Jacob Matham’s portrait of Leo XI, who reigned April 1-27, 1605. | public domain
Blessed John Paul I did not serve as Roman Pontiff for long, but 10 other popes had shorter pontificates than he did. Their stories are a microcosm of the history of the papacy. Some were friends of saints and worked for the good of the Church, while the qualifications of others might be a bit questionable. Through all these more or less flawed men who sat in the Chair of Peter, the Catholic Church teaches that the connection to St. Peter and his profession of faith in Christ endures.
Urban VII was the pope for 13 days, Sept. 15–27, 1590.
He was born in Giambattista Castagna in Rome, the home city of his mother. His father was of Genoan nobility. His uncle was a cardinal, whom he served at points during his long career in the Church. He held doctorates in civil and canon law.
Castagna worked in government and diplomacy on behalf of the papacy, which at the time held civil power over parts of Italy. He led several commissions during the Council of Trent and helped organize the military alliance against the Ottoman Empire, according to the New Catholic Encyclopedia. He was appointed archbishop in 1553 and became a cardinal in 1583.
He had a reputation for genuine piety, intelligence, and ability to govern.
After his election as pope, he made sure to address the needs of the poor in Rome. His initial plans included expanded public works to employ the poor.
As God’s providence allowed, he did not have time to do much more than plan. He died of malaria at the age of 69. In his will, he left his personal fortune to support poor girls.
Celestine IV reigned for 15 days, Oct. 25–Nov. 10, 1241.
The future pope was born Goffredo da Castiglione in Milan. He spent time with the Cistercian religious order and was a cardinal bishop of Sabina. He was a nephew of Pope Urban III. He was already in poor health when he was elected, at a time when the papacy was a centre of political conflict between backers and opponents of Holy Roman Emperor Frederick II.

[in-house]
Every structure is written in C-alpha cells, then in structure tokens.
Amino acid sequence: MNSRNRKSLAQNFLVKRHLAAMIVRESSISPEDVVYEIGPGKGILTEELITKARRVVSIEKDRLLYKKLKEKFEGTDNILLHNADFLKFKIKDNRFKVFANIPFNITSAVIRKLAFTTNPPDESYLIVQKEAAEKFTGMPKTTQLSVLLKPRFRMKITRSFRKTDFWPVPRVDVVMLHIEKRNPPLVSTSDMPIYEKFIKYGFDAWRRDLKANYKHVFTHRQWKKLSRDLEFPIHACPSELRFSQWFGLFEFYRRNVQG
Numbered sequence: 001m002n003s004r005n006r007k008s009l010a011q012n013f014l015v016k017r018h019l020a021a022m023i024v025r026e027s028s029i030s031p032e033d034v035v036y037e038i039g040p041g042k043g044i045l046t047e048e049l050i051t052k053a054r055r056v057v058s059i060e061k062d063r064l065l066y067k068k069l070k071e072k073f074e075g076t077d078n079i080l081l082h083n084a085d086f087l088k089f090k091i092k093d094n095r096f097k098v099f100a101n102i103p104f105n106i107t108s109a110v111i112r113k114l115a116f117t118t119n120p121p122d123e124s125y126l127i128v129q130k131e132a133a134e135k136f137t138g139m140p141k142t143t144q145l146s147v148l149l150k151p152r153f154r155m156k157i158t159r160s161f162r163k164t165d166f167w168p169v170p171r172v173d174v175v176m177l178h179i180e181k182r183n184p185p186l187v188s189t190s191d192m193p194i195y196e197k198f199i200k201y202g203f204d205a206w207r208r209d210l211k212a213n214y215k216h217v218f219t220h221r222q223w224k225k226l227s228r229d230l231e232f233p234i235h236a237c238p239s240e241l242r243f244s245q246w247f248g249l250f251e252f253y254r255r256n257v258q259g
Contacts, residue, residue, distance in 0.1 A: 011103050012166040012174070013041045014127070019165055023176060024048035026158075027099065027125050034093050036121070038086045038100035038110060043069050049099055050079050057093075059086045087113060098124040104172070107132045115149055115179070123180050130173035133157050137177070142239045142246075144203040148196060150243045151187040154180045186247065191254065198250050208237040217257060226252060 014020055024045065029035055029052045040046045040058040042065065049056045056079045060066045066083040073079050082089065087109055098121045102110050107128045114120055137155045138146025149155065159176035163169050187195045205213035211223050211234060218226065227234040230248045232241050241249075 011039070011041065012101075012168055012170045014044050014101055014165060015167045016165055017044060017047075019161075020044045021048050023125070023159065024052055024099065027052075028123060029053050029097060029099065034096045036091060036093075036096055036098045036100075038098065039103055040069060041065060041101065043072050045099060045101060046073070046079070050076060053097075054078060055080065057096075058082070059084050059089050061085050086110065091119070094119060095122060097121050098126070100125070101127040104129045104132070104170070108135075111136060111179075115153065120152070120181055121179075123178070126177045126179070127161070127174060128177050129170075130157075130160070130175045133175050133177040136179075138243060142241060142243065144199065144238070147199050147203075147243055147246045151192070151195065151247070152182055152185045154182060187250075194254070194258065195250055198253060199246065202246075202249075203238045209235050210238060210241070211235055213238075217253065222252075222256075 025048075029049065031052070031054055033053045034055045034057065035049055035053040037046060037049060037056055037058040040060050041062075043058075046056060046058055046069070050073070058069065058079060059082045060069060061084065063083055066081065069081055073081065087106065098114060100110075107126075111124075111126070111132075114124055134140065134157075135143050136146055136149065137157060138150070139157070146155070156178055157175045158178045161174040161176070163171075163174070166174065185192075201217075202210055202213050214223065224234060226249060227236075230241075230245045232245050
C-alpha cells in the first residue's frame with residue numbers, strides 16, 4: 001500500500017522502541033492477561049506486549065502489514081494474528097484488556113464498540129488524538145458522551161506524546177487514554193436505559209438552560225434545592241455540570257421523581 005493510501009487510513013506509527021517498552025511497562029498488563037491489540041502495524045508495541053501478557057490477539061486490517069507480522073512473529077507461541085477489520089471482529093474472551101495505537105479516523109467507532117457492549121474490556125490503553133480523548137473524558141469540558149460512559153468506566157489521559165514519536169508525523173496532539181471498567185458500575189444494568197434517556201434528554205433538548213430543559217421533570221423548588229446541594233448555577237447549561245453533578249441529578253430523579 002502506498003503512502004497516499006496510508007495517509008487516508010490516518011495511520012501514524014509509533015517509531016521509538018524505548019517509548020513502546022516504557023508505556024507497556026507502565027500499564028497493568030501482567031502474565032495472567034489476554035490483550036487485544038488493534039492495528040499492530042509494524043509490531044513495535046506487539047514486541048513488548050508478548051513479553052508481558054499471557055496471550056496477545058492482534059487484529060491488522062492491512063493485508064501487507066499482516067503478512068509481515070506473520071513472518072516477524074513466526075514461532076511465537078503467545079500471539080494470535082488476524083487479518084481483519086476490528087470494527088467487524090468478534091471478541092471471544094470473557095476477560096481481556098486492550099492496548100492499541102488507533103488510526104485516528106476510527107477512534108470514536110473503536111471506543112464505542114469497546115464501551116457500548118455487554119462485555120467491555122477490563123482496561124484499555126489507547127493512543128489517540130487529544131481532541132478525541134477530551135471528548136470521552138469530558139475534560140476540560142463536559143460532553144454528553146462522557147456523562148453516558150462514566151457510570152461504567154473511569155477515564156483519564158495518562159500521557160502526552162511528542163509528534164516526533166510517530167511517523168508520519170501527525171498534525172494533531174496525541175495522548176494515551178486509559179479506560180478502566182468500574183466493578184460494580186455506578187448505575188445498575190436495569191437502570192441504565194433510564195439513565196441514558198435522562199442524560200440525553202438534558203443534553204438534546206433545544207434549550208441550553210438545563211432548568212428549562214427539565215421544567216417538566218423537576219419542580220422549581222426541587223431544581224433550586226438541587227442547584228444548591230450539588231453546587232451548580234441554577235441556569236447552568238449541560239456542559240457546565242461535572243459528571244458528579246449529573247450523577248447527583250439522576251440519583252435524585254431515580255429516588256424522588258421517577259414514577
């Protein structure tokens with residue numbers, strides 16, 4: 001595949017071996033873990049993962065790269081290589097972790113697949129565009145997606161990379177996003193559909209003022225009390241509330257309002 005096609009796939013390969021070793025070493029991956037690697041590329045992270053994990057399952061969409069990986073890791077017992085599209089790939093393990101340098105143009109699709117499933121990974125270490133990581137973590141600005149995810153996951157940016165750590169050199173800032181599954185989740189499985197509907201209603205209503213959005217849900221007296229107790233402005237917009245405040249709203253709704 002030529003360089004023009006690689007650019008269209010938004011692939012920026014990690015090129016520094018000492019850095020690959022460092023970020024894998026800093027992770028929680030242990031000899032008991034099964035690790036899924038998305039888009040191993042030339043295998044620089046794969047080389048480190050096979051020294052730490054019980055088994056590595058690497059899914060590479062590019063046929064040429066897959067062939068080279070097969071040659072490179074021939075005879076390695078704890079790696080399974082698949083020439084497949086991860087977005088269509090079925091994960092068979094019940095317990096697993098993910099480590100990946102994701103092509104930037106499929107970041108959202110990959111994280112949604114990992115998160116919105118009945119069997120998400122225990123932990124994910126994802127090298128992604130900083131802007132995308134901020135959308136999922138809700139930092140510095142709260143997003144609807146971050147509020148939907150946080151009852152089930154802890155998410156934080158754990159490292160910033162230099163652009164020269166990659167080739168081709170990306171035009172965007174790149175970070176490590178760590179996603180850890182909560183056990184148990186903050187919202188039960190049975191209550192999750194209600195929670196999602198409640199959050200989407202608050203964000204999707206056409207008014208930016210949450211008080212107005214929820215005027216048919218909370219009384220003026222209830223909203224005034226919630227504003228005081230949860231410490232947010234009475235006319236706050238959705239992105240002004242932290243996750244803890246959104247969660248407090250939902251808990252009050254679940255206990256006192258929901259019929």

Boniface VI reigned for 16 days, April 11–26, 896.
He was born in Rome. Not much is known about this pope, though records indicate that during his life, he was canonically deprived of holy orders on two occasions: the first time as a subdeacon and the second as a priest. His irregular past caused controversy over his election, the New Catholic Encyclopedia says.
Theodore II reigned for 20 days in December 897.
Another little-known pope, it is said that his clergy loved him, that he loved peace, and that he lived a life of chastity and charity to the poor. He came to power soon after a low point of the papacy. Pope Theodore annulled the acts of the “Cadaver Synod,” which had put on trial the corpse of his predecessor, Pope Formosus. He recovered the dead Roman Pontiff’s body from the River Tiber and gave it a proper burial. He also reinstated clergy who had been forced to resign.
Sisinnius was pope for 21 days, Jan. 15–Feb. 4, 708.
This pope was born in Syria. His health troubles included disabling arthritis, and he was unable to feed himself. The papacy was responsible for the military defence of Rome at this time, with Lombards invading from the north of Italy and Muslim armies advancing from the south. Sisinnius ordered the walls of Rome to be reinforced as his first act, the New Catholic Encyclopedia says. Before he died, Pope Sisinnius ordained one priest and consecrated a bishop for Corsica.
Marcellus II was pope for about 22 days in April and May, 1555.
He was born Marcello Cervini, at Montefano in Tuscany. Like the sainted Pope Marcellus of the fourth century, he kept his baptismal name as his papal name.
His father worked under several pontificates as a scribe and secretary.
Before Cervini was elected pope, he served various roles as a secretary to popes and cardinals, including work to correct the Julian calendar. He was actively engaged with the “New Learning” of Renaissance humanism. He served as protector of the Vatican Library and helped improve and expand its collection. Cervini served the Vatican at the time of its response to the Protestant Reformation. He was a president at the Council of Trent, which continued through his short pontificate.